WILMINGTON, N.C. (WECT) - Most of New Hanover County Schools’ pre-K through 12th grade students will attend school on an alternating three-week schedule, according to interim superintendent Del Burns.
During a news conference Wednesday, Burns said that students would be assigned to one of three groups.
Groups would alternate with one week of in-class instruction and two weeks of remote learning. Siblings would be assigned to the same group.
“The district recognizes that there are some special education students for whom remote learning provides additional challenges,” Burns said. “For those students, services will continue to be provided daily in the school building. Additionally, English learners in year 2 or less will attend daily.
“A full K-12 virtual school option will be provided for families that selected home learning for their student.”
Burns said that in the next week the district would provide staff and families with a guide for school openings and a school-based survey for “families to communicate their decision regarding return to school in August.”
The school system is working on the logistics of transporting children on buses to schools, Burns said.
“It’s going to be very different than what we’ve had in the past,” he said. “We’re going to have greater distances between stops. Obviously, trying to get kids to school on time is a concern. We’re going to aim for a single run.
The social distancing on buses has changed a bit since the initial information. Initially, we were able to put fewer than a dozen students on a bus with six feet of social distance. Now with the governor requiring every students to wear a face mask, we can have one child per seat unless it’s a family member where we can have more than one child on a seat.”
On Tuesday, Gov. Roy Cooper that North Carolina’s public schools would reopen this fall using Plan B, a combination of in-school and remote instruction.
“There is no great plan under Plan B,” Burns said. “What I think the district is going to start with is reasonable so we that can determine if the logistics are going to work and give us an opportunity, if necessary, to make adjustments.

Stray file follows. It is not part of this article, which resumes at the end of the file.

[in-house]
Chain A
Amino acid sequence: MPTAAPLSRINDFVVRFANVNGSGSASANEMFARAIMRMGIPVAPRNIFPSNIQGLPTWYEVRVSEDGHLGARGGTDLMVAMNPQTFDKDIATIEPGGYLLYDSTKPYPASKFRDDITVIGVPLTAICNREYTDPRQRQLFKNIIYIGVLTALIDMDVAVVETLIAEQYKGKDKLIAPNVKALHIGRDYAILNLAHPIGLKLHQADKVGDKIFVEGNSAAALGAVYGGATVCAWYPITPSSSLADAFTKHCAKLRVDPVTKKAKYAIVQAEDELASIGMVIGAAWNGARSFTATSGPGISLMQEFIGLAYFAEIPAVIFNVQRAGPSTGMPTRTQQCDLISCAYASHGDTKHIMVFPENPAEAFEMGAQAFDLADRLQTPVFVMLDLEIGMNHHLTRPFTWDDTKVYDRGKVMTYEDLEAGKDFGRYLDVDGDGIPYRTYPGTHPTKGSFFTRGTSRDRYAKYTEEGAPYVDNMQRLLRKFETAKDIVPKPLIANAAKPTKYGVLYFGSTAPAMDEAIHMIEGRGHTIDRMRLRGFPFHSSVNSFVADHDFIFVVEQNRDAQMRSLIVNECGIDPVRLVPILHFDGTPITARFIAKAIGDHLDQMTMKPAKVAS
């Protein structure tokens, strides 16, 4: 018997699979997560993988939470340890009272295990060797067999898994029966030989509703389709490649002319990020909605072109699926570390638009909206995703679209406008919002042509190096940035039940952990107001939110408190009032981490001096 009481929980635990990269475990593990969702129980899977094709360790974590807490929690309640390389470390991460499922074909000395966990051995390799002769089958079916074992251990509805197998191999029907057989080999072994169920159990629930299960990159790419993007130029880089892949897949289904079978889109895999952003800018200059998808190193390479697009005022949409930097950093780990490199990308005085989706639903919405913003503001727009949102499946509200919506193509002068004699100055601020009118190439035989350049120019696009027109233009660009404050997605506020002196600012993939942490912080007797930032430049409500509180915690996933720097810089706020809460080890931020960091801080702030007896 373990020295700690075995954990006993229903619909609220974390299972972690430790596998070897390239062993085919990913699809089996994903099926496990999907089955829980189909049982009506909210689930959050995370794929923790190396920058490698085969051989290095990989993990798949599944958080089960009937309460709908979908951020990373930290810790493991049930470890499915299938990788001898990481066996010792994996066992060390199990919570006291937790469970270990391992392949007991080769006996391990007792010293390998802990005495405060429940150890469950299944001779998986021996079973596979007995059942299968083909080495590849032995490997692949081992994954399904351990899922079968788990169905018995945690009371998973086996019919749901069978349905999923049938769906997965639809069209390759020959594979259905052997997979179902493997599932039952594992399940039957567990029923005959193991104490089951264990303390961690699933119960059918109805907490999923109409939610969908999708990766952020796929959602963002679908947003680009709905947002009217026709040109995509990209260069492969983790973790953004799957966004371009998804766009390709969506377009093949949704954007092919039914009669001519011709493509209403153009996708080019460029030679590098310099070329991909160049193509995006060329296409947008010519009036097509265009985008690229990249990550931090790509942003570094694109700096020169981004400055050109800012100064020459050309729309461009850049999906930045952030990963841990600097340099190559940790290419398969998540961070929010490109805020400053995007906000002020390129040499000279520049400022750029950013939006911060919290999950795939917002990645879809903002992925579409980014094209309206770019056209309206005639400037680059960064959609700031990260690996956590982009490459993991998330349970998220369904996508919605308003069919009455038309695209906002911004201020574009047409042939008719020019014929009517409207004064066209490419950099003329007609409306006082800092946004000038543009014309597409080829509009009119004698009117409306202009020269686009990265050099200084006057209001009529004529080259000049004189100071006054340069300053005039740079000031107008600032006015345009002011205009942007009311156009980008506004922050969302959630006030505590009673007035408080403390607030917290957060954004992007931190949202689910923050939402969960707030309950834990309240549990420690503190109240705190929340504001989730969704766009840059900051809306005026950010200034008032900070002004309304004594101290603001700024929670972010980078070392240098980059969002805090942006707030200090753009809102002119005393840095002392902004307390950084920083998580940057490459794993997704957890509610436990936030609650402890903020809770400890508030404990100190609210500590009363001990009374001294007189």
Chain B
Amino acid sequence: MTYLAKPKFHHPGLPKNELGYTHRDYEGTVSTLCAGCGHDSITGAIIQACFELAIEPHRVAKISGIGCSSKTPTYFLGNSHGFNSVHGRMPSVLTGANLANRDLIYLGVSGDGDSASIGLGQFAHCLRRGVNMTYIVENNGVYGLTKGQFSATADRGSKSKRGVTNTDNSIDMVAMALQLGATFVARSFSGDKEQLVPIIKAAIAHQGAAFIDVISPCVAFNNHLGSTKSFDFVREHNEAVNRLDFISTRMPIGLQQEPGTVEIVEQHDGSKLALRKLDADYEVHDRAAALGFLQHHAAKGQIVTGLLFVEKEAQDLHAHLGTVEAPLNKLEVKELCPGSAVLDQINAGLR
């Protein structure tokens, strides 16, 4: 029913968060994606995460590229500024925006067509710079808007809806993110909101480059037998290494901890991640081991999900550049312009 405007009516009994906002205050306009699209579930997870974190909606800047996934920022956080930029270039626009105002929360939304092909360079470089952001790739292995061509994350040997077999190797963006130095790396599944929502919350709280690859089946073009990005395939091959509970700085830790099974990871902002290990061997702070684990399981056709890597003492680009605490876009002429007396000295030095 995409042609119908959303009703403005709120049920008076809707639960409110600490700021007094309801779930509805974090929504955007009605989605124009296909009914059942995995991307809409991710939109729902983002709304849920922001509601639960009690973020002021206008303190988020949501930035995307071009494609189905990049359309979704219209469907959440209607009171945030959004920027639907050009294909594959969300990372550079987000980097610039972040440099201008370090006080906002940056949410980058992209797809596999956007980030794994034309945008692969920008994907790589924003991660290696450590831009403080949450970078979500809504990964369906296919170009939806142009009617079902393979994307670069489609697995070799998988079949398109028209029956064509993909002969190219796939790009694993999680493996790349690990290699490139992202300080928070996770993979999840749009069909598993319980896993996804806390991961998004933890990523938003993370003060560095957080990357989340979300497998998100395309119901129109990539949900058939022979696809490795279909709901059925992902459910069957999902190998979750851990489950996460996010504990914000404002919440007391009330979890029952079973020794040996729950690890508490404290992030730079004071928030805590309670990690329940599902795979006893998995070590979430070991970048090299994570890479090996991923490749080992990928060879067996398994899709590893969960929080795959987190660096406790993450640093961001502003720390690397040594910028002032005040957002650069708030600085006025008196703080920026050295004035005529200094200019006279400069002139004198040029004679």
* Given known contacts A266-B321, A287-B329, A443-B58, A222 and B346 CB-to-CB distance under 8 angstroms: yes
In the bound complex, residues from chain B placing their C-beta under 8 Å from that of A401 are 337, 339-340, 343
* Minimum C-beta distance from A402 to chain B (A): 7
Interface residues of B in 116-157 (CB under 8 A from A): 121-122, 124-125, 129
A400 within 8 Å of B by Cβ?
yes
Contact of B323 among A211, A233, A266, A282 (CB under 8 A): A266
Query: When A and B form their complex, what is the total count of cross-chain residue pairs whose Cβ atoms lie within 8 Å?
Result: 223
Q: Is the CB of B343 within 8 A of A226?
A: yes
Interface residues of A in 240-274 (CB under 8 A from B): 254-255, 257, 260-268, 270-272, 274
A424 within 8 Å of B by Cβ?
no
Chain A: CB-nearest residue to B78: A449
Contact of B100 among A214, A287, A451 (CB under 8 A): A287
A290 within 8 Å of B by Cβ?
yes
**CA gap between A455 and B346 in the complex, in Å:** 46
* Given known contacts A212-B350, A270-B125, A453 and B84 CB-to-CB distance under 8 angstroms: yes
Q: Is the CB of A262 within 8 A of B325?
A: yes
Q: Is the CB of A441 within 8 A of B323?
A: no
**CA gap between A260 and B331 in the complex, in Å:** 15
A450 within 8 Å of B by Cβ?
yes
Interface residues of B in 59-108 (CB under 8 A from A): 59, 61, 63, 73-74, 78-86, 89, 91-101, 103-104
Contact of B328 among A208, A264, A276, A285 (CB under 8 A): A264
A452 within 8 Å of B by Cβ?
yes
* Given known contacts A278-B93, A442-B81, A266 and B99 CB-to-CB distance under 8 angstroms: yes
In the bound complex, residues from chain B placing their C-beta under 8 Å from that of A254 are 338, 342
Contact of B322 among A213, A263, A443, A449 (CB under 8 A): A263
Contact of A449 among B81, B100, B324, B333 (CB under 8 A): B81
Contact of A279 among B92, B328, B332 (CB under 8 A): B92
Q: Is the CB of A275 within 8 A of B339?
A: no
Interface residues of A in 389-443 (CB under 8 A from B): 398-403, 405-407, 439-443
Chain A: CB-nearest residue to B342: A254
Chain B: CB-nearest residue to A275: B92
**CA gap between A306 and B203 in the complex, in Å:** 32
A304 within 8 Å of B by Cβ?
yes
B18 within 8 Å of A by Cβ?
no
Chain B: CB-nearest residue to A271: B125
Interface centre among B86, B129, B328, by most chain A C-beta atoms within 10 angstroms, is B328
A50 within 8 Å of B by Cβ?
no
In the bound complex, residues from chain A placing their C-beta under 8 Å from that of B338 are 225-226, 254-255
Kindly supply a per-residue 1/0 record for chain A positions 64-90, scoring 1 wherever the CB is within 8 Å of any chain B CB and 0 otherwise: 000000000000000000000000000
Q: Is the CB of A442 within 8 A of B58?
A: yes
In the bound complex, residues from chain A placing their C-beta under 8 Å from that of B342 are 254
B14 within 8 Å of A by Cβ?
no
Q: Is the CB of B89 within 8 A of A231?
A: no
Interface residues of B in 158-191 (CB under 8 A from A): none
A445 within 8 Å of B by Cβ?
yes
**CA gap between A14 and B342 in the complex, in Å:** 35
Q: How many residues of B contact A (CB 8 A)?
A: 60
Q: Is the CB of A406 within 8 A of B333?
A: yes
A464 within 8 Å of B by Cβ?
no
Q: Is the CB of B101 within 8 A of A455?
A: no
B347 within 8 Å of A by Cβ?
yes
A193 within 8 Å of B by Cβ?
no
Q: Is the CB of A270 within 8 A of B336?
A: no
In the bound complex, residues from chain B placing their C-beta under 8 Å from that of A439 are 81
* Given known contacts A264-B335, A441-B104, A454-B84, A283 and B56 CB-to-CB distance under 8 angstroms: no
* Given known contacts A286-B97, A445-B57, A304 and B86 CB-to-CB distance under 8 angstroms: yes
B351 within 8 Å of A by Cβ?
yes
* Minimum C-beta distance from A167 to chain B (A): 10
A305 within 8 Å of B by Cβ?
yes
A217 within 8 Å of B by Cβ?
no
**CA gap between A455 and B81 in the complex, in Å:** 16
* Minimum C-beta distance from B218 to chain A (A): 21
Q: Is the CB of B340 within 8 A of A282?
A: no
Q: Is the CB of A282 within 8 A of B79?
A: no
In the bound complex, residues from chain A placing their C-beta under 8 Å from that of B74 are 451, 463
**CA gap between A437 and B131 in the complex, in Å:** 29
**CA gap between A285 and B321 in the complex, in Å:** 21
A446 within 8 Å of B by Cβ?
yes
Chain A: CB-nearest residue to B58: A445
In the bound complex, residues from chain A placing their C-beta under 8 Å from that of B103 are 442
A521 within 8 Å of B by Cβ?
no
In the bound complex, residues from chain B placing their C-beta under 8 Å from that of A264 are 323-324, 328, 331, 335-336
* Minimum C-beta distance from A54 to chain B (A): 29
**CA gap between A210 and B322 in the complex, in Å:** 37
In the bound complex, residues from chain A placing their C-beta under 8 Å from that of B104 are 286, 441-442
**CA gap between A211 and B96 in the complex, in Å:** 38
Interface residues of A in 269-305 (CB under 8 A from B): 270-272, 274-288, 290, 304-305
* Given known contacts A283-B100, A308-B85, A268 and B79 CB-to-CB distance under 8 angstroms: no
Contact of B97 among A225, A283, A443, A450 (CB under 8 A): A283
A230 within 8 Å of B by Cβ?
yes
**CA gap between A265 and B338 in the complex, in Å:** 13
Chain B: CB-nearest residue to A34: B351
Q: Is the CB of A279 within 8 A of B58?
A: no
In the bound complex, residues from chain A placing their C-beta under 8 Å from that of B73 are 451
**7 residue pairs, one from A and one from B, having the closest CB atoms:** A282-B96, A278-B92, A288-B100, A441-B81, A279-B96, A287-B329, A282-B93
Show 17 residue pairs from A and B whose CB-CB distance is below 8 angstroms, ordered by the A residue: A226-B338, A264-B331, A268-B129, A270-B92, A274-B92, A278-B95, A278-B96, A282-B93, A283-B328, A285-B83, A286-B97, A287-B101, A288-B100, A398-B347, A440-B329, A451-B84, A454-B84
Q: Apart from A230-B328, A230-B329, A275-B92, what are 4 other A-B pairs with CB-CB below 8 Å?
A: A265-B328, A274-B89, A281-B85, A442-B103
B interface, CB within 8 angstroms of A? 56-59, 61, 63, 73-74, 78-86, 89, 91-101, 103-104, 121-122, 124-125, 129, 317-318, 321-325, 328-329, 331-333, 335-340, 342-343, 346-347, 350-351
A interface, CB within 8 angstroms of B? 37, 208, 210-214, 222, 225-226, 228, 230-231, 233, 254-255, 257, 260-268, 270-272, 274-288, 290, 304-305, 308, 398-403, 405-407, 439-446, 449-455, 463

“It will be my hope that things improve. And if there is an opportunity to increase the number of students in the building at the same time, absolutely I believe the district should do that. The goal is to get students back safely. At the same time, if we have some way miscalculated, if we have to make adjustments, the smaller the number and the fewer the variables, the greater the opportunity we have to make adjustments.”
You can watch the full news conference below:
Christi McAllister is a mother of three children slated to start school again in the fall. She says shes nervous to send her young kids into schools during a pandemic and she and her husband are considering moving the three to online schooling.
“I cant see them getting much out of being in school one week and I think I can do just as good at home. I’m going to do my best, but there’s just no good option here. I’m scared for them and scared for myself and I just hope this is over soon,” said McAllister.
Three weeks ago, there was no question the McAllister children would go back to school in the fall, but the past few weeks have led many parents to make tough decisions about their child’s education.
“Everything changes and seems to get worse every single day and its just scary. I cant bear to put them in that situation… I cant,” she added.
While parents worries continue to mount, one student impacted by the decision has a more optimistic outlook.
“Its gonna be different.. kinda stinks but I guess its what they have to do to keep people safe and keep things clean. the virtual is kinda tough… at least it was last year. But its going to get a lot better, is my guess this year,” said Jaxon Biba, a student at Hoggard High School. “”It’ll look different for sure, and I think it will take some getting used to but it will be fine.. it’ll be good.”